Can Wikipedia Predict Flu Numbers?

A graphic with two curves. One shows infection numbers and the other shows  page views on certain Wikipedia articles. The page views peak shortly before the infection numbers.

Infection numbers peak shortly after page views on certain Wikipedia articles.

Forecasting the course of an epidemic helps in fighting it. Most predictions are based on current infection numbers. But those can be hard to get. Search patterns and page views can act as substitutes.

October through May is flu season. Every year the, US Centers for Disease Control and Prevention (CDC) hosts a challenge for research teams to predict the course of infection numbers for this period. Most partaking oracles rely on current numbers to predict the future. But not everyone who is sick will visit a doctor, nor are all patients tested for the virus. In the end, not all cases are counted and also the numbers come in with a delay. We need good proxies to overcome those shortcomings.

Computer Science and Epidemics

Cristian Consonni is an Italian computer scientist who had nothing to do with epidemics at the beginning of his doctorate studies. He was looking for information hidden in Wikipedia’s structure – in the links between articles rather than in the words themselves. While doing his literature research he came across a publication whose authors took the page views on Wikipedia articles and combined them with official influenza numbers to train computer algorithms and predict future scenarios. It is possible to do that because people who feel sick search the internet for symptoms and often end up on the encyclopedia’s pages.

Guided by his advisor and helped by an undergrad student, Consonni wanted to repeat the study and extend it to other languages. But in contrast to the original authors, he wanted to select the relevant articles automatically, without the need for medical experts. Consonni thought it would only need “a little bit of work” as he wrote on Twitter. Then he adds: “‘a little bit of work’ took 4+ years end-to-end, btw”.

One of the reasons for the long delay was the missing code. “We didn’t know exactly what they did” says Consonni about the original authors. It means that he had to rewrite the software first to be able to reproduce their numbers. Only then can he compare his automatic selection of terms with that of medical experts.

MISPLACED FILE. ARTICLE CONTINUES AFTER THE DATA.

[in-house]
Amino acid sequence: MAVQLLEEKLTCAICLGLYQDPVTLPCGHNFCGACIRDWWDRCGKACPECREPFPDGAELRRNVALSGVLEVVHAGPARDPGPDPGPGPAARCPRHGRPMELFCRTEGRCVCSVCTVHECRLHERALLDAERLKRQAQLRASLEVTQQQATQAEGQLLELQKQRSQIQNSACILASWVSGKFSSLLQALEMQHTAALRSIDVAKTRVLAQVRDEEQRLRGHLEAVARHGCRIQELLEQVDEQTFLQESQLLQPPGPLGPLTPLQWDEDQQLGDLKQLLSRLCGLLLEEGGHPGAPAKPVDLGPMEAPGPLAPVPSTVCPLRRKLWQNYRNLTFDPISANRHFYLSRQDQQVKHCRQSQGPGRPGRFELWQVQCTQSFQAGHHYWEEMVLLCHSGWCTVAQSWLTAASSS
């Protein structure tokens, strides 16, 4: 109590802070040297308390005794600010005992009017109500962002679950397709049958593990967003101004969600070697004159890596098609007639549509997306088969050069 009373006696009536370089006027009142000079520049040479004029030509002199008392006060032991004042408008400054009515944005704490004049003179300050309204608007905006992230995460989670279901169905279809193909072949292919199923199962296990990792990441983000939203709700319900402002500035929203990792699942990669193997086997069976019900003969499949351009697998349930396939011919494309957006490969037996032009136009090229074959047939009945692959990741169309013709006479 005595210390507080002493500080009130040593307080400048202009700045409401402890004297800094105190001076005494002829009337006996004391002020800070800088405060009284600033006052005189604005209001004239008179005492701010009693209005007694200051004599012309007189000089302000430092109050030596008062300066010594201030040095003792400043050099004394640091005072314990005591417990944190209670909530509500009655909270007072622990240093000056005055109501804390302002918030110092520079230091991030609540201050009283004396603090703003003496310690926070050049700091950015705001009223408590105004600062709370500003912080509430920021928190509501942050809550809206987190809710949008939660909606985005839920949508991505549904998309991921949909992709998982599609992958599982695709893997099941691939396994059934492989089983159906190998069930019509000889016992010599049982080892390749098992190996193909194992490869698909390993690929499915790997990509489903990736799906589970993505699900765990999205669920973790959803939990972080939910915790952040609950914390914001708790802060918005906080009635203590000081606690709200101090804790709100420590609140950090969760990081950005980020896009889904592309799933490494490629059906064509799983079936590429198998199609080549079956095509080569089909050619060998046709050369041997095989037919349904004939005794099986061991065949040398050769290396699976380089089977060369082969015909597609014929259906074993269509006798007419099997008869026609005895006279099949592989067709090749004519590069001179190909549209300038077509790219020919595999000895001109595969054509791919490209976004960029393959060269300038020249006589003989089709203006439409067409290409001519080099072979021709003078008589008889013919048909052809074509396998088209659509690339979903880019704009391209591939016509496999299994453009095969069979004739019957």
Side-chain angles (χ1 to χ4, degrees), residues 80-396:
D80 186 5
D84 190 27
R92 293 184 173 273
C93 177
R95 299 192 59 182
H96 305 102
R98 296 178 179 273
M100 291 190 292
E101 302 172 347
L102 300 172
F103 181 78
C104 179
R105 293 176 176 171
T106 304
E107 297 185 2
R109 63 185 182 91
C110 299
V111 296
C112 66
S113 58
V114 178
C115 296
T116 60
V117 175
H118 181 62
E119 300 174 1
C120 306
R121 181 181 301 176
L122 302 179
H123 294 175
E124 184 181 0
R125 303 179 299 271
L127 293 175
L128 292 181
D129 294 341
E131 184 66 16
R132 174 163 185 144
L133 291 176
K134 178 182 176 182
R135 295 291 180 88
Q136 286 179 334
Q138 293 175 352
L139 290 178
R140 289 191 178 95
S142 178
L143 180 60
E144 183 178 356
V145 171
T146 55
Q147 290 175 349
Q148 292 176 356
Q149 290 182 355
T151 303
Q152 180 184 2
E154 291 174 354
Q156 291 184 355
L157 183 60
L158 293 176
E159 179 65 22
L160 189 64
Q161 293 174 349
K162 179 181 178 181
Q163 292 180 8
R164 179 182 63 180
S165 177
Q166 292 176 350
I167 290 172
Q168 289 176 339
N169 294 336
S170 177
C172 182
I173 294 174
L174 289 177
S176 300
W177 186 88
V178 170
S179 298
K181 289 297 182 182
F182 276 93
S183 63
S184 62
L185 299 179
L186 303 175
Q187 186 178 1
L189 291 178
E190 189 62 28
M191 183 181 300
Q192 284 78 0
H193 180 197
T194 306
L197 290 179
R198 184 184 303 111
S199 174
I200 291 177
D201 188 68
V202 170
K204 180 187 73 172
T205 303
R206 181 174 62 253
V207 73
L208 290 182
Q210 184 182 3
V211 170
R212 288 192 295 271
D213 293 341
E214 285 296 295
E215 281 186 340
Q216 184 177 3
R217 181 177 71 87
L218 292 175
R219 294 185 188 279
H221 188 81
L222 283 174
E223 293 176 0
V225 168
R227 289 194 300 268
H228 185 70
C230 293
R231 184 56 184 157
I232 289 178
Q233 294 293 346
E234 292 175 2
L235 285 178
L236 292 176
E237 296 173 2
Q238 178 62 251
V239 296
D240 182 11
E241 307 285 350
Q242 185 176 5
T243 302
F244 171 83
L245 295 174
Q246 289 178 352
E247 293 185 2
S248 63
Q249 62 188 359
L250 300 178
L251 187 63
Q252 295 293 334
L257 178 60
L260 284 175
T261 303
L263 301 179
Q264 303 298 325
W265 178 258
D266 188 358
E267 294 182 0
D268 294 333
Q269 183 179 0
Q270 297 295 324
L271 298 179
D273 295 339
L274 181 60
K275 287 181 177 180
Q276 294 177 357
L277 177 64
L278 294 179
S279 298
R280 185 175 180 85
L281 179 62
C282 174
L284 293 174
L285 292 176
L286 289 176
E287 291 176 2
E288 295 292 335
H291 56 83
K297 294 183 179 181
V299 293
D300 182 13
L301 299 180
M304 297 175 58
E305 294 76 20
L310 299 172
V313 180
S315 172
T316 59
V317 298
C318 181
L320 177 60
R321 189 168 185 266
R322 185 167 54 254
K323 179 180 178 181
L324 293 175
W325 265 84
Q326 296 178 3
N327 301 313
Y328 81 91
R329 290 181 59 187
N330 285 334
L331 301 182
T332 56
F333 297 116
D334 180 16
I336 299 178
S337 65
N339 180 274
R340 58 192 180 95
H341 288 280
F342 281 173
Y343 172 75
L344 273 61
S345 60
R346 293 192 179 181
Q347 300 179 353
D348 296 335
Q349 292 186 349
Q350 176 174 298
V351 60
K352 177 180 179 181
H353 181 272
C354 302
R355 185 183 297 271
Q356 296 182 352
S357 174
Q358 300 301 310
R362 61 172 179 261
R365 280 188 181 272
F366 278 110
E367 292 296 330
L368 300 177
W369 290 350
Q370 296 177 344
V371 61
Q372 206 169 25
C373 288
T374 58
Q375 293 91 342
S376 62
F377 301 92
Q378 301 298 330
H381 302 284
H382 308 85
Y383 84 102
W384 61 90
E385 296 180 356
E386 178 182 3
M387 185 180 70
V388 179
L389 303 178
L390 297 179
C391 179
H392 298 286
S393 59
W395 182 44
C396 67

Automatic Curation

To select the relevant words Dr. Consonni and his colleagues chose those which link to “Influenza” but also have a short path back. For example, both “Superinfection” and “Ben Turpin” link directly to “Influenza”, the latter because the silent film actor’s wife lost her hearing due to the flu. However, only one click is necessary to return from “Superinfection” but at least four in the case of “Ben Turpin” (virus subtype “H1N1” was declared a national emergency by “Barack Obama” who attended “Occidental College” where a movie with Turpin was shot). The so-called Cyclerank reflects this idea: “Superinfection” ranks much higher than “Ben Turpin”.

Consonni trained their algorithm with the page views on the hundred highest ranking pages. It turns out that the predictions are on par with older methods. “It is not world-shaking” Consonni recognizes. But one huge advantage is that now the chosen Wikipedia entries are objective: they are independent of manual curation, can easily be selected for other languages, and can be updated when Wikipedia changes.

Infections or Media Coverage, What Drives Attention?

But one problem remains unsolved: is a growing click rate caused by rising infections or did media coverage raise the readers’ interest? Consonni says: “We tried to account for that. But to be fair, it’s very difficult to get reliable or even good data sets with the news.” The problem needs a different solution.

So Consonni went to the epidemiology department for help where one group was trying to understand how knowledge about diseases spreads mouth-to-mouth. And what is the role of media coverage? Promising results for the 2014 Ebola crisis and the 2015 Zika epidemic lead to a draft for a paper.

However: “that paper had quite an unfortunate life.” After one year under review, the editors rejected it because it didn’t fit with the journal, not for any shortcomings of the paper itself. What might be disappointing for the researchers is not really unusual. The group then wanted to prepare the results for a different journal. “Then COVID happened and all my epidemiology colleagues have been super busy since last year. This paper is now on a shelf.”

©Niko Komin (@kokemikal)

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